“And their assailants?”
The night watchman hesitated. “I did see them, sir, but I tell you now: you won’t believe me.”
Lestrade frowned. “Try.”
“They were small. Like dwarves. African dwarves. I can’t think of the name—”
“Pygmies,” I offered.
“Yes, sir. That’s it. Like pygmies. ‘Cept they weren’t. Not exactly. They were maybe a dozen in all. Hacked these men to death, they did. Then they took the statue. Carried it off like it weighed nothing.”
Lestrade snorted. “Nonsense.” He leaned close to the cowering man and sniffed. “You have been drinking, sir.”
The watchman whimpered, wiping his nose with a dirty sleeve. “Tis true I had a nip or two, sir, but I’m telling you the truth. I’m no hero, I’m not. I hid. I didn’t want to end up like them.”
Holmes gave a dismissive wave of his hand. “That will be all for now.” Kneeling down, he said, “What do you make of these, Inspector?”
Lestrade, motioning Berkshire to take the watchman away, snapped, “Make of what? I see nothing.”
“Shine your torch here, by my hand. Like so. See? Residue from the shallow imprint of a foot. A bare, damp foot. Rather small. Angle the light down a bit more. Yes. That’s it.” He stood. “Just as I thought.”
“What, Holmes? Pygmies running barefoot through the museum?”
“Possibly. I suspect we shall find others like this by the bodies, the broken crate, and leading to an exit. The rear exit, I presume. These men had identification?”
“No.” Lestrade reached into his coat and produced a journal, nodding toward the man with the split head. “That one had this.”
Holmes held out a hand. “May I?” Taking the journal, he inspected the front and back covers before opening it and reading from the first page. “To a Peter Stiles, a gift from his sister, Anne. There is an address here.”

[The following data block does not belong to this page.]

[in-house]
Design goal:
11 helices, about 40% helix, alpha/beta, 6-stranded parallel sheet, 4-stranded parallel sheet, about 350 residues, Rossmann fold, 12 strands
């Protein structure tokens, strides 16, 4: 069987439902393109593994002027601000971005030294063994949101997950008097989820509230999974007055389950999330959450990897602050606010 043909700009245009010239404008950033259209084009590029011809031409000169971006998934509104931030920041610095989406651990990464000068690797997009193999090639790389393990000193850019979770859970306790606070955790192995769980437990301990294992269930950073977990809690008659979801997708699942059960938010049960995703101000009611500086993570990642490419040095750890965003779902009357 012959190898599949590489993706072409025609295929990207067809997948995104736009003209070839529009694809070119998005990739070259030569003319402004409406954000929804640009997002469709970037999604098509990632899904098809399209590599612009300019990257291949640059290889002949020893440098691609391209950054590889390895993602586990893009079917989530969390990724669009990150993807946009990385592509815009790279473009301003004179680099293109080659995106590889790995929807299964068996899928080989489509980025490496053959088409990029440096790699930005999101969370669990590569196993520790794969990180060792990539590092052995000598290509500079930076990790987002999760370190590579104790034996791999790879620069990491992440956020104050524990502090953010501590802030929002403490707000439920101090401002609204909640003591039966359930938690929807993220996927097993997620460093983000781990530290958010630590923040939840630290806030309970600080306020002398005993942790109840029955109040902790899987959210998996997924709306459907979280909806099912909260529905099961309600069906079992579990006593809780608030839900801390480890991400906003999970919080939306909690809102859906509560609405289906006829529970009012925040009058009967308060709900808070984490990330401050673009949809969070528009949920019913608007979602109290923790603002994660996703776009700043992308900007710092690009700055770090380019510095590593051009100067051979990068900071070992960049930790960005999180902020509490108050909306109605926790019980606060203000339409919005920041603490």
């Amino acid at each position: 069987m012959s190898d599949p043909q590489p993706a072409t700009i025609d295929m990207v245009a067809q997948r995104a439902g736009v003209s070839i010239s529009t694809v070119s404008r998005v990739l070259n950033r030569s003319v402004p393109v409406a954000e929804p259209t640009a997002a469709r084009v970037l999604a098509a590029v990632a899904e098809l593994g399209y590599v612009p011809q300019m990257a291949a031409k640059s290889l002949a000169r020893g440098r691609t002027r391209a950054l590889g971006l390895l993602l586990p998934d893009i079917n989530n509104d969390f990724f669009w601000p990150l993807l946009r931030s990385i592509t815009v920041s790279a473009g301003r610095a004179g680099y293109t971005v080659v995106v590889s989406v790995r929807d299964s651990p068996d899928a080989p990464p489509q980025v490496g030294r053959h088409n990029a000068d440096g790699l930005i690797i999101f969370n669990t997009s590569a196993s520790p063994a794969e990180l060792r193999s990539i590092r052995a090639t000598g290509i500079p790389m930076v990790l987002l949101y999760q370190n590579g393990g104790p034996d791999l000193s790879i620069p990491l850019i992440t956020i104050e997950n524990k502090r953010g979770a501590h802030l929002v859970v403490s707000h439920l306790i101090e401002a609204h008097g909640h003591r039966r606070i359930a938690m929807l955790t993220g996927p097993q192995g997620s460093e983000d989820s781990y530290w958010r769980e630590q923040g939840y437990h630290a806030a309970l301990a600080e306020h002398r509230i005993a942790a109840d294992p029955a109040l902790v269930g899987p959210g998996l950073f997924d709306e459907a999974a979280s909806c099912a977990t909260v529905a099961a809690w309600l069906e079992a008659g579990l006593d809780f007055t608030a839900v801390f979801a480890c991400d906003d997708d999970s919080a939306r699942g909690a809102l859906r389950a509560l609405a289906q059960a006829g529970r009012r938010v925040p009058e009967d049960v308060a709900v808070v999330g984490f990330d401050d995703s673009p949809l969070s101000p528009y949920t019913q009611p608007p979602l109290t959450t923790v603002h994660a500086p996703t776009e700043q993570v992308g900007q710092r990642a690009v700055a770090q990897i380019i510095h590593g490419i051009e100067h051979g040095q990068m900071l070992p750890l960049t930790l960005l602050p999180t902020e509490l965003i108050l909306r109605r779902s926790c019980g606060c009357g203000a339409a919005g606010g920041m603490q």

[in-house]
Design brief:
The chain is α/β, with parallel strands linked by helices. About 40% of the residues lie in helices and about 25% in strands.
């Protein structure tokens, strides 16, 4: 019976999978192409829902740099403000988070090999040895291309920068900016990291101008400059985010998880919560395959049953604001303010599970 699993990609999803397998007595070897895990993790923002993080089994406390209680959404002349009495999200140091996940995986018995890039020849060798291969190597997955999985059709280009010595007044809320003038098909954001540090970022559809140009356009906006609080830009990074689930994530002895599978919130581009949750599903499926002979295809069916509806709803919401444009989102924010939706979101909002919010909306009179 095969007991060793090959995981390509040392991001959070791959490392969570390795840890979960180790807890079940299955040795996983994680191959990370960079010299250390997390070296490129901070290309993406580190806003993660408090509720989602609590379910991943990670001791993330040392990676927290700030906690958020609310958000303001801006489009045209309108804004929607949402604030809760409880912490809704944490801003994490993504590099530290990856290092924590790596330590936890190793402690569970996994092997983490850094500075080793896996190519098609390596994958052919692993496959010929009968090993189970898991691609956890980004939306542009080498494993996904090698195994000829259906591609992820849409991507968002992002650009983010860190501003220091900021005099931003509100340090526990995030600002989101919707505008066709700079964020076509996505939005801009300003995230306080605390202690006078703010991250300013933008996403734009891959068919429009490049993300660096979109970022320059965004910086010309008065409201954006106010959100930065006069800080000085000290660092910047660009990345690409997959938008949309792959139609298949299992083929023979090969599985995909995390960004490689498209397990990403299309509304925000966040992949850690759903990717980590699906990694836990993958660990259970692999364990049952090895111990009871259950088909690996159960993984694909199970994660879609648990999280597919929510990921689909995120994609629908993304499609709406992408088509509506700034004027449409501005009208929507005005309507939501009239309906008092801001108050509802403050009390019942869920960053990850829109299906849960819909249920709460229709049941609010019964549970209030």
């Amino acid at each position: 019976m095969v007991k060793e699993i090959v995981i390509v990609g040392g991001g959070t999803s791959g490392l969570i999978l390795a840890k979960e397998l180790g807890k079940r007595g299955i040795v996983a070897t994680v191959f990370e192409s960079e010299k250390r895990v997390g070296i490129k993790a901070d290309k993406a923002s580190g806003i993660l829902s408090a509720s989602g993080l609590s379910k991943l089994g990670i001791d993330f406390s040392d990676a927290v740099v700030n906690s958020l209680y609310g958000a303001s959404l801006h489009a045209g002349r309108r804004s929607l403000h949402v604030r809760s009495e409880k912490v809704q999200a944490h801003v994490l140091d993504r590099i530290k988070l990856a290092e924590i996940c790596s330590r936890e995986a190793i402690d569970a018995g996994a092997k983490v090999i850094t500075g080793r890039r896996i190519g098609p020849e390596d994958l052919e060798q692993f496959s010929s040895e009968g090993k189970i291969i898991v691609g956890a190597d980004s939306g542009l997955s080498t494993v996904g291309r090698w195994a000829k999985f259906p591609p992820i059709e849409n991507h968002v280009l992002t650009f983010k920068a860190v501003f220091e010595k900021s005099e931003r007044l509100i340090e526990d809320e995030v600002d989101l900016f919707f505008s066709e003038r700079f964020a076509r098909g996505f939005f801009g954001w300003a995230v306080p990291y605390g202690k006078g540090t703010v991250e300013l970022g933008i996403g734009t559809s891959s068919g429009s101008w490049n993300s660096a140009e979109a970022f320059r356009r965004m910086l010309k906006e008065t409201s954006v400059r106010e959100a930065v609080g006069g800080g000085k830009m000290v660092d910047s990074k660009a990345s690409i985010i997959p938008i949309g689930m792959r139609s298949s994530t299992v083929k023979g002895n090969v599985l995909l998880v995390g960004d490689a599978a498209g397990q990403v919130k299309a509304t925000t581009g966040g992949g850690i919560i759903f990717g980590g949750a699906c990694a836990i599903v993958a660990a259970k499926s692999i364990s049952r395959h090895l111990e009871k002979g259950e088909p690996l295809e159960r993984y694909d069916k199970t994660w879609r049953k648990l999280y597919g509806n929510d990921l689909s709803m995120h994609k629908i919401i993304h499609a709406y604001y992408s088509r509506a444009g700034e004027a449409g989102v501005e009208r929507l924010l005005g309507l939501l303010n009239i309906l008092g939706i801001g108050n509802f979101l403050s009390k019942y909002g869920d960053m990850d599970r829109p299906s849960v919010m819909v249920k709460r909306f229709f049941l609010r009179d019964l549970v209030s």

Lestrade waved an impatient hand. “I know all that. In the morning a constable will bring her to the morgue to identify her brother. Perhaps she can shed additional light on this mystery.”
Holmes nodded as he flipped through the book. “Doctor, can you add anything?” Absently, he tucked the journal inside his peacoat. Lestrade made to protest, but thought better of it.
A cursory inspection on my part had provided little beyond the obvious cause of death, save for an object embedded in the head of the man with the split skull. Opening my kit, I produced a pair of tweezers and extracted a chip of black stone. Holding it against the available light, I turned the fragment about, unsure of its origin.
My friend, his brow raised with curiosity, approached, motioning Lestrade to follow. Taking the tweezers from my hand, he inspected the black stone carefully under Lestrade’s torch. “Note the scalloped pattern,” he said, running his finger along an edge and drawing it away sharply, placing the digit to his mouth. “Cut myself,” he mumbled. “It is flint. I would say from an axe.
Lestrade snorted. “A flint axe for a murder weapon? Preposterous.”
Holmes returned the item to me. “Many tribes continue to use flint to this day, Inspector. New Guinea, the Amazon, certain cultures along the—”
“All right, all right. So, you propose these men were murdered by Amazons?”
“Nothing that exotic, Inspector. From its shape and texture I suspect this flint originated in the vicinity of Galloway.”
Lestrade cocked an eyebrow. “Galloway? Galloway, Scotland?”
Holmes nodded. “Galloway is known to have evidence of Neolithic settlements, as well as extensive findings of flint tools.”